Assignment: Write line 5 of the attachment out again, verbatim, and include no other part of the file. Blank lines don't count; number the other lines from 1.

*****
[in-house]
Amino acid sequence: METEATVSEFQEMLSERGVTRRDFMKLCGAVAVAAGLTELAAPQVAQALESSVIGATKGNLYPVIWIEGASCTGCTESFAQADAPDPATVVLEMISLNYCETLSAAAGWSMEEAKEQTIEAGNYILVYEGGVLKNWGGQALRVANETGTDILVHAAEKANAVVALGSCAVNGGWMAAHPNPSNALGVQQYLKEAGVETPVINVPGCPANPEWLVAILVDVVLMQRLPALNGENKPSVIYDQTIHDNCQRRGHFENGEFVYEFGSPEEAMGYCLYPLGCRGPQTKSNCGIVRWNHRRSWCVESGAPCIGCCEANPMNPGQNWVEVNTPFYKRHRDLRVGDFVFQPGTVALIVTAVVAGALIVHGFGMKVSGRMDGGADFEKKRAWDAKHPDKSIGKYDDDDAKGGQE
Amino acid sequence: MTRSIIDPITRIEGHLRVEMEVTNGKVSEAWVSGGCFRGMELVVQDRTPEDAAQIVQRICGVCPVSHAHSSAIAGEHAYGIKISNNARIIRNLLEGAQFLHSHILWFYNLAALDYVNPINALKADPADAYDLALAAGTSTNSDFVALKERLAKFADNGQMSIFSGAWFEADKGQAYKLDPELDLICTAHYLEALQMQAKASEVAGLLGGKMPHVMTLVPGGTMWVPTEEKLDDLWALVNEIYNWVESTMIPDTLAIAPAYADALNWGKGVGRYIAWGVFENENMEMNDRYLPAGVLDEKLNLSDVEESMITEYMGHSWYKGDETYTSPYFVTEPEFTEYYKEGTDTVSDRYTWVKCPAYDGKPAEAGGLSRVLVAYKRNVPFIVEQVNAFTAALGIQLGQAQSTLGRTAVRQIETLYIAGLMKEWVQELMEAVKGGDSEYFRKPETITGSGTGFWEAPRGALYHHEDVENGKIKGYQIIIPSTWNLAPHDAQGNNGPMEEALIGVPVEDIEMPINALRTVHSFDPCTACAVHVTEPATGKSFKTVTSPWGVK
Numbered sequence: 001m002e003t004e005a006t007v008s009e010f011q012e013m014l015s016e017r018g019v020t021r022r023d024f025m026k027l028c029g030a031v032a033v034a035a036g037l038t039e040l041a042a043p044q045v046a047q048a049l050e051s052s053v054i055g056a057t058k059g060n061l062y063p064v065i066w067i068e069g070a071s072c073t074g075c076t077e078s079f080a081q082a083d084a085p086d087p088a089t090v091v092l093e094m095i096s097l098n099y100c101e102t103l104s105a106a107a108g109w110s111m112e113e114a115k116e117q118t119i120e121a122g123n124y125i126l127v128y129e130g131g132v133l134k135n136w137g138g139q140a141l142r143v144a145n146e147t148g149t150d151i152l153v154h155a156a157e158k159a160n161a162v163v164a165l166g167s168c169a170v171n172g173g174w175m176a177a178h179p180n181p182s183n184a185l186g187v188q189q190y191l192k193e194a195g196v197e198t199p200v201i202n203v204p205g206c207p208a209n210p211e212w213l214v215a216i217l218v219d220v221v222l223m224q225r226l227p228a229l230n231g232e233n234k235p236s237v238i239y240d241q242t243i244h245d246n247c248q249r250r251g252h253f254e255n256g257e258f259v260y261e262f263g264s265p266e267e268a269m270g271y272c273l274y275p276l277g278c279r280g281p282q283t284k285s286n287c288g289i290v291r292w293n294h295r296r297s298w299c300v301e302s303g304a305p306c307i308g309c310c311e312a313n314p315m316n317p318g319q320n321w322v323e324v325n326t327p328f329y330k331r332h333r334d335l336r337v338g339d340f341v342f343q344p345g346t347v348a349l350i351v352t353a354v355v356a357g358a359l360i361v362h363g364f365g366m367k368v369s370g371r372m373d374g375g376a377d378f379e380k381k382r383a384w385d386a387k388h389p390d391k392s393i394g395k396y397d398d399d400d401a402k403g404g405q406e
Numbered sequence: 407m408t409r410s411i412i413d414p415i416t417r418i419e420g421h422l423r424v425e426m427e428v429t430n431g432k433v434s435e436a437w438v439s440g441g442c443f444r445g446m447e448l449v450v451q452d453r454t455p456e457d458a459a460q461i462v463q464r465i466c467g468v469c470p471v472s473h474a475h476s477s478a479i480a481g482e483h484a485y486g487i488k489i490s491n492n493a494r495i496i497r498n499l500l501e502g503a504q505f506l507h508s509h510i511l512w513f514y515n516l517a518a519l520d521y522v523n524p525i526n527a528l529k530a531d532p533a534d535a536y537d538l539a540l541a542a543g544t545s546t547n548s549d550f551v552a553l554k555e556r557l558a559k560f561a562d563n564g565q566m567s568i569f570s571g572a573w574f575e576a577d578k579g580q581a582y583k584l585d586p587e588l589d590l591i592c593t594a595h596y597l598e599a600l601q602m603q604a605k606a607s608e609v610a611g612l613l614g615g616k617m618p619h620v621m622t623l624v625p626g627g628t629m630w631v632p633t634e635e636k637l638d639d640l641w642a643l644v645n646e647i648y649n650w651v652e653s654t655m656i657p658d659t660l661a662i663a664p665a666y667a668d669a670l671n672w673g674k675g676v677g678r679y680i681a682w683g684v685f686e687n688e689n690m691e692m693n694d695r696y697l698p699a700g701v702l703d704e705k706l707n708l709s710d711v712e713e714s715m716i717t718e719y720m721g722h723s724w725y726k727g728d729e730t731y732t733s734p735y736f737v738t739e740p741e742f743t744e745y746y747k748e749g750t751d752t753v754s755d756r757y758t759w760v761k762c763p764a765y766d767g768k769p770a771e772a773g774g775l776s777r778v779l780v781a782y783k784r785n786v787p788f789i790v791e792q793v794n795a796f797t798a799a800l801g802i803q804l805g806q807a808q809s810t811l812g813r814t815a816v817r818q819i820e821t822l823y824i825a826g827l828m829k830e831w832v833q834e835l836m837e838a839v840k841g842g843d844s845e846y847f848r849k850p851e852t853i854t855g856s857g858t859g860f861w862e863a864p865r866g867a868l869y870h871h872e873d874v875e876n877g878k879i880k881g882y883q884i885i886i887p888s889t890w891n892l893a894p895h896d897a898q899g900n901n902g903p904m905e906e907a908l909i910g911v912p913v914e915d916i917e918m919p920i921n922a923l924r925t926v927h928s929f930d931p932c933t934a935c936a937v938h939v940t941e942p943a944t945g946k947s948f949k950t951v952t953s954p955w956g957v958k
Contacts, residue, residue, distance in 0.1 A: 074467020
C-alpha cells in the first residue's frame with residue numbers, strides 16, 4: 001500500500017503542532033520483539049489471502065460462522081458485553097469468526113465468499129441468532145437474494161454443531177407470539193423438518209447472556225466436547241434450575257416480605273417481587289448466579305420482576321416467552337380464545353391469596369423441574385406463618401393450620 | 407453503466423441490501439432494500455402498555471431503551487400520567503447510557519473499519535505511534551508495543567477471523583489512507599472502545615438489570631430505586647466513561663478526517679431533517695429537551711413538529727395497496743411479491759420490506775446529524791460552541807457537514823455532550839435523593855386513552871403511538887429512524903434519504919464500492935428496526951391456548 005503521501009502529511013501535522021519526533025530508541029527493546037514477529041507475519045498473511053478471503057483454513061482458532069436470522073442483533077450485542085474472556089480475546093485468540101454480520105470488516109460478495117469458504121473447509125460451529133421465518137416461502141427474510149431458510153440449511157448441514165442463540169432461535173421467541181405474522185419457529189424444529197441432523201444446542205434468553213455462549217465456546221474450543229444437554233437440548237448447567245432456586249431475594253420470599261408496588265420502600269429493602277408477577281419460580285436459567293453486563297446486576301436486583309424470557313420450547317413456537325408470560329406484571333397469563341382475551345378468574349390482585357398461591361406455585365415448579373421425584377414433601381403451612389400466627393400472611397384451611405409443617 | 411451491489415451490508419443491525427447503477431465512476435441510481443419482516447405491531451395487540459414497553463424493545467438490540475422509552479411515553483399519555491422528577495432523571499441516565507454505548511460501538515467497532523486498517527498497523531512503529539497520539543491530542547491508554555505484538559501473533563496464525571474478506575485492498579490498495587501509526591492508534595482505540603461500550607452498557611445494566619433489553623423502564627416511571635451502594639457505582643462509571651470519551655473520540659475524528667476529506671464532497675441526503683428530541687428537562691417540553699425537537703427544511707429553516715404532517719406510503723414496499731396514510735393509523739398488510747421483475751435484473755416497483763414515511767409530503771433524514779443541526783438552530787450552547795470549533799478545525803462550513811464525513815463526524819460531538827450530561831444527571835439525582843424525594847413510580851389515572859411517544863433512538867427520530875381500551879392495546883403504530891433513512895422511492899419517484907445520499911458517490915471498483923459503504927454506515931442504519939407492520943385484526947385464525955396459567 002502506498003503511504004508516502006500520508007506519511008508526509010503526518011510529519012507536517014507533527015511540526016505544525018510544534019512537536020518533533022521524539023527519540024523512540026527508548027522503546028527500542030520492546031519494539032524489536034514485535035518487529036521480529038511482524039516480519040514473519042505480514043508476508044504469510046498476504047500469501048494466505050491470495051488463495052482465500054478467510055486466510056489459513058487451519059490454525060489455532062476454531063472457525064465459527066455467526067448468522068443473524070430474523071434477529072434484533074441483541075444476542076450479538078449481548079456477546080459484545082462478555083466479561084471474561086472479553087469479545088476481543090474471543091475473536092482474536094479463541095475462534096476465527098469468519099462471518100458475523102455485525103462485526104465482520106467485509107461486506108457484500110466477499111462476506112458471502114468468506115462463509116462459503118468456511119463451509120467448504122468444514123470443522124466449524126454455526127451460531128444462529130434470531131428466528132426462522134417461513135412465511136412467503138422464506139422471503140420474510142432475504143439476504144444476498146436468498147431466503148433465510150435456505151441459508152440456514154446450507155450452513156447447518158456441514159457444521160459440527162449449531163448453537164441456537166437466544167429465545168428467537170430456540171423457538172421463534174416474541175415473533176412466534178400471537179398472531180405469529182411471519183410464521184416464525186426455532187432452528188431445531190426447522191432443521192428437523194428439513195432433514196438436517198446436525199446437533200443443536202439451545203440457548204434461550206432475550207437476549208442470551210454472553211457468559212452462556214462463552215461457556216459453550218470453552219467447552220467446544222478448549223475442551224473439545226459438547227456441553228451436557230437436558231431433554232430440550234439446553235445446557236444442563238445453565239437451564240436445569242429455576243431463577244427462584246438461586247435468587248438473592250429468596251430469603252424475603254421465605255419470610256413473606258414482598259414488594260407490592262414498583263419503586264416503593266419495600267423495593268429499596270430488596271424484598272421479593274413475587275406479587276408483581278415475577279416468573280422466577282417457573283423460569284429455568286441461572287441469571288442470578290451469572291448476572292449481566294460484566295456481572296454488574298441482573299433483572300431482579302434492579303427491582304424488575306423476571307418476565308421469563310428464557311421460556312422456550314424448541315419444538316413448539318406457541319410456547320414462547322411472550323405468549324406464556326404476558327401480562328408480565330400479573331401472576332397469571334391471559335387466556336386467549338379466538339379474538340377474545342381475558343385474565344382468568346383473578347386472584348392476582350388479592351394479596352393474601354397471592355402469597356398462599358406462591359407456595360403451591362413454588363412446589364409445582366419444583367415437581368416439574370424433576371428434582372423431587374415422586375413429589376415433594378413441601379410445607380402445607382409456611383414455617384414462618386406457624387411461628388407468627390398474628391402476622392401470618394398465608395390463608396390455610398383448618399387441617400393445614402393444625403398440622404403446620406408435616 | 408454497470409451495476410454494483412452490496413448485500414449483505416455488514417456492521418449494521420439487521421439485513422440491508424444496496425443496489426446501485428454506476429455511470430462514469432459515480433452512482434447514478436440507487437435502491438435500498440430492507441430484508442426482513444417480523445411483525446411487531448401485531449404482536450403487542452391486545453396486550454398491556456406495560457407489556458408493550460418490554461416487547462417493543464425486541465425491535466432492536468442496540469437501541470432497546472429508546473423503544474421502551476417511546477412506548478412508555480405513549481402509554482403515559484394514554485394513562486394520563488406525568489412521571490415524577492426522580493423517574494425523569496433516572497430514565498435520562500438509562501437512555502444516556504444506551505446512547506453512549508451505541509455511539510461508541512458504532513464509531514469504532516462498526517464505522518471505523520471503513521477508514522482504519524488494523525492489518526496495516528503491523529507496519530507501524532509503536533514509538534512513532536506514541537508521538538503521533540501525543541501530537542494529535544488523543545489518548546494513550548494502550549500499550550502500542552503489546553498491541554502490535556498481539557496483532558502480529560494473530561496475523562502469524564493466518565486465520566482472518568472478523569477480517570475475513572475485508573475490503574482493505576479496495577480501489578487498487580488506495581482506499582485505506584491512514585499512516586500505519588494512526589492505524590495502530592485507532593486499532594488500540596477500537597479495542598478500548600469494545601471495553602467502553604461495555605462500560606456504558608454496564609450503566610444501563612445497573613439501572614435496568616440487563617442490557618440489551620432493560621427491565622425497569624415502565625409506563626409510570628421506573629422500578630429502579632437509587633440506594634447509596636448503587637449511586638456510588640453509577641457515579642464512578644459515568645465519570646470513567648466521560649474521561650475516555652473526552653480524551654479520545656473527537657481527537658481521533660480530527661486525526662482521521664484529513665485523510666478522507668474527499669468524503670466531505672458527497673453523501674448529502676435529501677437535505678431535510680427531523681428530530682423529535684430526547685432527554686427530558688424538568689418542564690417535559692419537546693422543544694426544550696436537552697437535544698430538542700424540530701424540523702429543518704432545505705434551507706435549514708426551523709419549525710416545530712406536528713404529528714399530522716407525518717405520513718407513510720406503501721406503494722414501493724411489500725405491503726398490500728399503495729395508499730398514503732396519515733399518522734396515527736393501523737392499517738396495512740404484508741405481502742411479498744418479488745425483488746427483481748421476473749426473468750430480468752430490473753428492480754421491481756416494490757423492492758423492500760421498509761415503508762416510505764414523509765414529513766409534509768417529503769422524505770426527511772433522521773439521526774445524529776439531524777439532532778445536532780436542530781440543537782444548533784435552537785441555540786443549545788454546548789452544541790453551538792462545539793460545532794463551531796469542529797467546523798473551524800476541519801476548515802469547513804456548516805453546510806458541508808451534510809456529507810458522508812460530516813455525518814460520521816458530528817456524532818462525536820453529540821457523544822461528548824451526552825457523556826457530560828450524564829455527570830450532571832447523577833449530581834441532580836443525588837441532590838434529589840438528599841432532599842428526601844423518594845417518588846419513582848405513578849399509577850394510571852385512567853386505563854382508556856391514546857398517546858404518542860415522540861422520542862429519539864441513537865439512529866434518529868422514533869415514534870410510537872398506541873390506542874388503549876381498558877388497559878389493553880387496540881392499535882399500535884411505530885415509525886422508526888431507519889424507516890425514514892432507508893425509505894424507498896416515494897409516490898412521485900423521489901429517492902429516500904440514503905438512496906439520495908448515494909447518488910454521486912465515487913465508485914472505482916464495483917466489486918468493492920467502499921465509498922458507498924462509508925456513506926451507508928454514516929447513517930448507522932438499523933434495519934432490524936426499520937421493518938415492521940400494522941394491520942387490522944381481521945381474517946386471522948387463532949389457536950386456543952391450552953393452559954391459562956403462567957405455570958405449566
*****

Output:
Numbered sequence: 407m408t409r410s411i412i413d414p415i416t417r418i419e420g421h422l423r424v425e426m427e428v429t430n431g432k433v434s435e436a437w438v439s440g441g442c443f444r445g446m447e448l449v450v451q452d453r454t455p456e457d458a459a460q461i462v463q464r465i466c467g468v469c470p471v472s473h474a475h476s477s478a479i480a481g482e483h484a485y486g487i488k489i490s491n492n493a494r495i496i497r498n499l500l501e502g503a504q505f506l507h508s509h510i511l512w513f514y515n516l517a518a519l520d521y522v523n524p525i526n527a528l529k530a531d532p533a534d535a536y537d538l539a540l541a542a543g544t545s546t547n548s549d550f551v552a553l554k555e556r557l558a559k560f561a562d563n564g565q566m567s568i569f570s571g572a573w574f575e576a577d578k579g580q581a582y583k584l585d586p587e588l589d590l591i592c593t594a595h596y597l598e599a600l601q602m603q604a605k606a607s608e609v610a611g612l613l614g615g616k617m618p619h620v621m622t623l624v625p626g627g628t629m630w631v632p633t634e635e636k637l638d639d640l641w642a643l644v645n646e647i648y649n650w651v652e653s654t655m656i657p658d659t660l661a662i663a664p665a666y667a668d669a670l671n672w673g674k675g676v677g678r679y680i681a682w683g684v685f686e687n688e689n690m691e692m693n694d695r696y697l698p699a700g701v702l703d704e705k706l707n708l709s710d711v712e713e714s715m716i717t718e719y720m721g722h723s724w725y726k727g728d729e730t731y732t733s734p735y736f737v738t739e740p741e742f743t744e745y746y747k748e749g750t751d752t753v754s755d756r757y758t759w760v761k762c763p764a765y766d767g768k769p770a771e772a773g774g775l776s777r778v779l780v781a782y783k784r785n786v787p788f789i790v791e792q793v794n795a796f797t798a799a800l801g802i803q804l805g806q807a808q809s810t811l812g813r814t815a816v817r818q819i820e821t822l823y824i825a826g827l828m829k830e831w832v833q834e835l836m837e838a839v840k841g842g843d844s845e846y847f848r849k850p851e852t853i854t855g856s857g858t859g860f861w862e863a864p865r866g867a868l869y870h871h872e873d874v875e876n877g878k879i880k881g882y883q884i885i886i887p888s889t890w891n892l893a894p895h896d897a898q899g900n901n902g903p904m905e906e907a908l909i910g911v912p913v914e915d916i917e918m919p920i921n922a923l924r925t926v927h928s929f930d931p932c933t934a935c936a937v938h939v940t941e942p943a944t945g946k947s948f949k950t951v952t953s954p955w956g957v958k